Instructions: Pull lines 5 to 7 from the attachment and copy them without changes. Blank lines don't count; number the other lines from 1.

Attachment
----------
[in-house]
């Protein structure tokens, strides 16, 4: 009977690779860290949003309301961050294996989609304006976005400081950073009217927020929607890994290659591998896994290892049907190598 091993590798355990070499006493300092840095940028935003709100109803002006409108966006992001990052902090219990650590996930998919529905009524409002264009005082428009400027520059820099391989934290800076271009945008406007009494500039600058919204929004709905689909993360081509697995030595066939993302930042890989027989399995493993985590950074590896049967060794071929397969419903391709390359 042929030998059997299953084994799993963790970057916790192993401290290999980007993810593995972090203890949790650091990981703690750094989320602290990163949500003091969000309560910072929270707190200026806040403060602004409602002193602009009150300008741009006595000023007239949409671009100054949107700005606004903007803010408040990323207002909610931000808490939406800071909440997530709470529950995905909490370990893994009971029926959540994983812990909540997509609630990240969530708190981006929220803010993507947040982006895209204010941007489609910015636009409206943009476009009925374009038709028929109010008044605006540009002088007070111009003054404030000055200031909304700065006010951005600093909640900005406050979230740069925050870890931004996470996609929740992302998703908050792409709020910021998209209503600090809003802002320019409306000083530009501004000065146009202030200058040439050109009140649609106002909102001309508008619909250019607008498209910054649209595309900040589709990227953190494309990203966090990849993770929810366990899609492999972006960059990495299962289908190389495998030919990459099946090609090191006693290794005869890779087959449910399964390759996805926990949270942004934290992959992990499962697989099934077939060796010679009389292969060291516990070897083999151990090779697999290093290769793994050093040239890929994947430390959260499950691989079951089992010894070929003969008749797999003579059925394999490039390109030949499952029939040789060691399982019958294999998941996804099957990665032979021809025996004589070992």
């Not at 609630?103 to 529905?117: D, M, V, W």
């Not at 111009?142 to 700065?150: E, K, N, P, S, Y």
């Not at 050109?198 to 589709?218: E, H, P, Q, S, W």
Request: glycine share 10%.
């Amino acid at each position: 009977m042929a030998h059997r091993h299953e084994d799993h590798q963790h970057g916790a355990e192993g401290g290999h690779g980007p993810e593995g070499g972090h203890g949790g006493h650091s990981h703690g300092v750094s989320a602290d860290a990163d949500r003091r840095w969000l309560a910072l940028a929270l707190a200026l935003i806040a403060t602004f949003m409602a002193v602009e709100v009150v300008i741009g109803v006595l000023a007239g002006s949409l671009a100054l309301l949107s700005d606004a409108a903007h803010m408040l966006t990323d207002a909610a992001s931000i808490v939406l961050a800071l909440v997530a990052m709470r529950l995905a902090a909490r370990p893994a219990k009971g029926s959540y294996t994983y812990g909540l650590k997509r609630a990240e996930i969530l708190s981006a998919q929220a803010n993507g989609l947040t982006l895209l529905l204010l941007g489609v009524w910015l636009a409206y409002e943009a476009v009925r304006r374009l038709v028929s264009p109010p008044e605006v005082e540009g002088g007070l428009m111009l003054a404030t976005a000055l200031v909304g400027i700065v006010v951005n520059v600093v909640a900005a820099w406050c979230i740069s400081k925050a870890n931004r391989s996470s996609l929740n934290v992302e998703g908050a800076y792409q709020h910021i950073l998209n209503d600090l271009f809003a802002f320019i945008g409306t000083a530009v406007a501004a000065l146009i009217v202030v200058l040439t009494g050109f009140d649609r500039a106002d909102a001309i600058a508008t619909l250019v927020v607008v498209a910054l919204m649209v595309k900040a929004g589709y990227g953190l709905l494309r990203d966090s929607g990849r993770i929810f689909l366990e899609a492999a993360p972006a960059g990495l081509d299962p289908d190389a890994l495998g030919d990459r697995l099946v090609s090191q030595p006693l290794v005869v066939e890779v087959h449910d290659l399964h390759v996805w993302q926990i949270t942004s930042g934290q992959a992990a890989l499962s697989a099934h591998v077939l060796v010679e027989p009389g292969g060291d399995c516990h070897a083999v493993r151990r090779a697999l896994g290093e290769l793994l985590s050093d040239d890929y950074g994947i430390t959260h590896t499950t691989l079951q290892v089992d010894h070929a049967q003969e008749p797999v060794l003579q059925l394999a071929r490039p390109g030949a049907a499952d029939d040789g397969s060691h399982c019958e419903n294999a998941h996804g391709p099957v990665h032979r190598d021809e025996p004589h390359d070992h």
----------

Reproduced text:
């Not at 050109?198 to 589709?218: E, H, P, Q, S, W």
Request: glycine share 10%.
């Amino acid at each position: 009977m042929a030998h059997r091993h299953e084994d799993h590798q963790h970057g916790a355990e192993g401290g290999h690779g980007p993810e593995g070499g972090h203890g949790g006493h650091s990981h703690g300092v750094s989320a602290d860290a990163d949500r003091r840095w969000l309560a910072l940028a929270l707190a200026l935003i806040a403060t602004f949003m409602a002193v602009e709100v009150v300008i741009g109803v006595l000023a007239g002006s949409l671009a100054l309301l949107s700005d606004a409108a903007h803010m408040l966006t990323d207002a909610a992001s931000i808490v939406l961050a800071l909440v997530a990052m709470r529950l995905a902090a909490r370990p893994a219990k009971g029926s959540y294996t994983y812990g909540l650590k997509r609630a990240e996930i969530l708190s981006a998919q929220a803010n993507g989609l947040t982006l895209l529905l204010l941007g489609v009524w910015l636009a409206y409002e943009a476009v009925r304006r374009l038709v028929s264009p109010p008044e605006v005082e540009g002088g007070l428009m111009l003054a404030t976005a000055l200031v909304g400027i700065v006010v951005n520059v600093v909640a900005a820099w406050c979230i740069s400081k925050a870890n931004r391989s996470s996609l929740n934290v992302e998703g908050a800076y792409q709020h910021i950073l998209n209503d600090l271009f809003a802002f320019i945008g409306t000083a530009v406007a501004a000065l146009i009217v202030v200058l040439t009494g050109f009140d649609r500039a106002d909102a001309i600058a508008t619909l250019v927020v607008v498209a910054l919204m649209v595309k900040a929004g589709y990227g953190l709905l494309r990203d966090s929607g990849r993770i929810f689909l366990e899609a492999a993360p972006a960059g990495l081509d299962p289908d190389a890994l495998g030919d990459r697995l099946v090609s090191q030595p006693l290794v005869v066939e890779v087959h449910d290659l399964h390759v996805w993302q926990i949270t942004s930042g934290q992959a992990a890989l499962s697989a099934h591998v077939l060796v010679e027989p009389g292969g060291d399995c516990h070897a083999v493993r151990r090779a697999l896994g290093e290769l793994l985590s050093d040239d890929y950074g994947i430390t959260h590896t499950t691989l079951q290892v089992d010894h070929a049967q003969e008749p797999v060794l003579q059925l394999a071929r490039p390109g030949a049907a499952d029939d040789g397969s060691h399982c019958e419903n294999a998941h996804g391709p099957v990665h032979r190598d021809e025996p004589h390359d070992h």